The Journey by John Smith

The Journey — what a long, strange trip it has been.
Caution: This story is about a subject that is important though it contains mature themes.

Chapter 1

At 19, George was inexperienced and terribly naive. Sure, there were a few girls he liked and some he even found attractive, but he had never had a real date, and had never even kissed one. So you can imagine his distress when he fell in love for the first time; the object of his fascination was a twelve-year-old boy!

Leif was the son of his good friend, Bud, who didn't have a problem with George hanging around. But when George realized that his head was turned around and his world was upside down, he seriously considered suicide. Yes, there had been bouts of depression from time to time, but even though he was a loner and a nonconformist, he certainly didn't want to be a "queer" ...what was he to do?

Fortunately, Leif's father was the kind of person he could talk to, so that's what George did. "Bud, I have a problem. Is there someplace we can talk in private?" And they sat in the car while George spilled his guts to the only person he could trust with this kind of thing. "I think I'm in love with Leif. I think about him all the time, and I want to be with him all the time." Bud thought for a moment, and said, "If you really care about him, maybe it would be best if you just stay away from him and leave him alone." That was the last thing George wanted to hear, but he valued Bud's wisdom, so that's what he did — he stayed away; and the pain was terrible.

Just the year before, George and a couple of his friends had volunteered to work as counselors at a summer camp and he had discovered that little kids, 9 or 10-years-old were delightful to be around, but to fall in love with a twelve-year-old boy was the worst thing he could think of — this was not in his plans. After all, he was going to be a priest, wasn't he?

George considered himself to be smarter than the average person, so he thought about this problem as best he could, being so deeply involved in it himself. "OK, so I like boys; is that a bad thing, or can I use it in a good way?" And he made a conscious decision to do just that.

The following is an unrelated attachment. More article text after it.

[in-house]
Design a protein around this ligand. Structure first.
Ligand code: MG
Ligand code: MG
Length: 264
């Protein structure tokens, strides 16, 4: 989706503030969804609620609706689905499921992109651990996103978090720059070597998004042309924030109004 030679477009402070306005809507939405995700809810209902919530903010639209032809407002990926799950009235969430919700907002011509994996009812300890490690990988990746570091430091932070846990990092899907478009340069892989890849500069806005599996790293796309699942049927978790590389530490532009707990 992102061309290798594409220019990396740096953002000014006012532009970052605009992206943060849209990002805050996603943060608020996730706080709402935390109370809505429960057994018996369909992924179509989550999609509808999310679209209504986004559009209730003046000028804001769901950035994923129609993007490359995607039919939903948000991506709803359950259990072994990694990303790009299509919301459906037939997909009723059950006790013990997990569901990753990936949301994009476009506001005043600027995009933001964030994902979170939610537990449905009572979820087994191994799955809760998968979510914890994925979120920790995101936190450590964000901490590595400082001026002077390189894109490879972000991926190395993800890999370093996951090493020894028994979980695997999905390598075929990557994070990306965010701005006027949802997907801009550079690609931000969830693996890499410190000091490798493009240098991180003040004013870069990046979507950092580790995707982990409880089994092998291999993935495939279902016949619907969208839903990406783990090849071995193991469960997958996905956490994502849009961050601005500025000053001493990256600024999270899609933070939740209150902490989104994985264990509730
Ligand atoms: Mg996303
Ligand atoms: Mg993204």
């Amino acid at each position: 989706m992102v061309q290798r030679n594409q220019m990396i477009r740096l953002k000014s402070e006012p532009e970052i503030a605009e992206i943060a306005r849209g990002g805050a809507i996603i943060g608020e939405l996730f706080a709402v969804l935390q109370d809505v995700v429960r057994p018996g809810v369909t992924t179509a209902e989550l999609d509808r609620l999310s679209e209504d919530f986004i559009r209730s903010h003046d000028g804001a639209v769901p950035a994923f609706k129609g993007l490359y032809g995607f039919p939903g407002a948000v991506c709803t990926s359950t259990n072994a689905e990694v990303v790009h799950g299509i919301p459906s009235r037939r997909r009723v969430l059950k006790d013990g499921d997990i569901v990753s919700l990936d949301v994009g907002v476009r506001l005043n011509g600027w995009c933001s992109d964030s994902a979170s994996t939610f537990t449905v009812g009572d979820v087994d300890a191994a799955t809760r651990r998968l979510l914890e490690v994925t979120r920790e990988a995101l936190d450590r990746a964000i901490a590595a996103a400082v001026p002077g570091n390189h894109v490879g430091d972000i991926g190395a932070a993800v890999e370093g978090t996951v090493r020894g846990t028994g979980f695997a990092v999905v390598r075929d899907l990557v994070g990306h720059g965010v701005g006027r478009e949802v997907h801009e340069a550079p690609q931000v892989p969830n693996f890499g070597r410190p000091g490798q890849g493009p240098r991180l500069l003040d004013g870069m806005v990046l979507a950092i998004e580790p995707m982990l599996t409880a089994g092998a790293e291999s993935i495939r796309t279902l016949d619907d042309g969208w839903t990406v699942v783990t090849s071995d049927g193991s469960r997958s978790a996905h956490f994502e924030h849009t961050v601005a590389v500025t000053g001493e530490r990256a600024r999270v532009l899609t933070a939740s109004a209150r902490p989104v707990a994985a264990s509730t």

The church he was associated with had recently started a Boy Scout troop and George knew one of the fellows running it., so he went to him and asked, "If I said I wanted to work with the Scouts, would you have a place for me?" Lonnie said, "Yes, we need an Assistant Scout Master, and it's going to be you." So George started working with the Scouts and was a big hit with the boys.


At the parents meeting soon after, the boys gave him a standing ovation, and George didn't know quite what to make of that. After all, he was just being himself. The Scout Master, Bob, said that George "bridged the generation gap" and pointed out that he was "always for the under-dog."

George had learned that if you just give kids a little time & attention, they really eat it up. Now, instead of having one special friend, he had about 30, and they kept him pretty busy with all the badges & outdoor skills they had to learn.

When Bud (Leif's father) learned of this latest development, George working with the Boy Scouts, he asked him, "isn't that sort of like setting a fox to guard the hen house?" But George calmed his fears with "I need to do this. If we are together for a good reason, and we're doing something productive, then I can just enjoy being with them, and the other problem doesn't even arise." "Hmmm," said Bud, "we'll have to see how it goes." And Bud actually had both Leif and his little brother, Tom, join the very same troop and checked in from time to time to make sure everything was alright, but never spoke a word to Bob or Lonnie (the Scout leaders) about the private conversation he'd had with George.


George loved music, and all along he’d been singing in the church choir. But then two crazy things happened.

A really attractive eighteen-year-old girl in the choir, who no doubt got a lot of unwanted attention, noticed that George wasn't interested in her, so she became interested in him. And Connor, a fellow a few years older than George, asked him out to lunch after church one Sunday. Having few friends, George willingly went to lunch with his new-found friend, and they had a nice conversation about religion, music, and Connor's recent divorce.

Upon parting, Connor said, "Peace," this being the hippie era, and wanting to connect with a younger person — but George countered with, "Love," being a young person himself, and a weekend hippie at that. Well, Connor heard what he wanted to hear, and could hardly wait until next Sunday so he could see George again.

The next time they had lunch, Connor asked George point-blank, "Have you ever had a homosexual experience?" George hesitated momentarily and thought to himself, ‘If we're going to be friends, then I have to trust this guy.’ So he admitted, "Well, yes; I do have a gay friend I met through one of my girlfriends," emphasizing the ‘girlfriend’ part.

At this point, all Connor said was, "It's two o'clock; I live in Belmont." The ball being clearly in his court, George considered this, and said, "Let me stop by my house and get the clothes that I'll need for work tomorrow." And that's how George met Connor. Shortly after that, they got an apartment together, and George said that it was the first time in his life that he ever really felt loved.


Chapter 2

Connor had two little kids from his recent marriage, and although they didn't live with him, he sometimes had them over the weekend. Gary was ten and his little brother, Donny, was almost nine and became fast friends with George. The fact that Donny & George were both blond and wore glasses helped, and they had a deep affection for each other that was quite apparent. They were inseparable whenever he was there, and would even take naps together.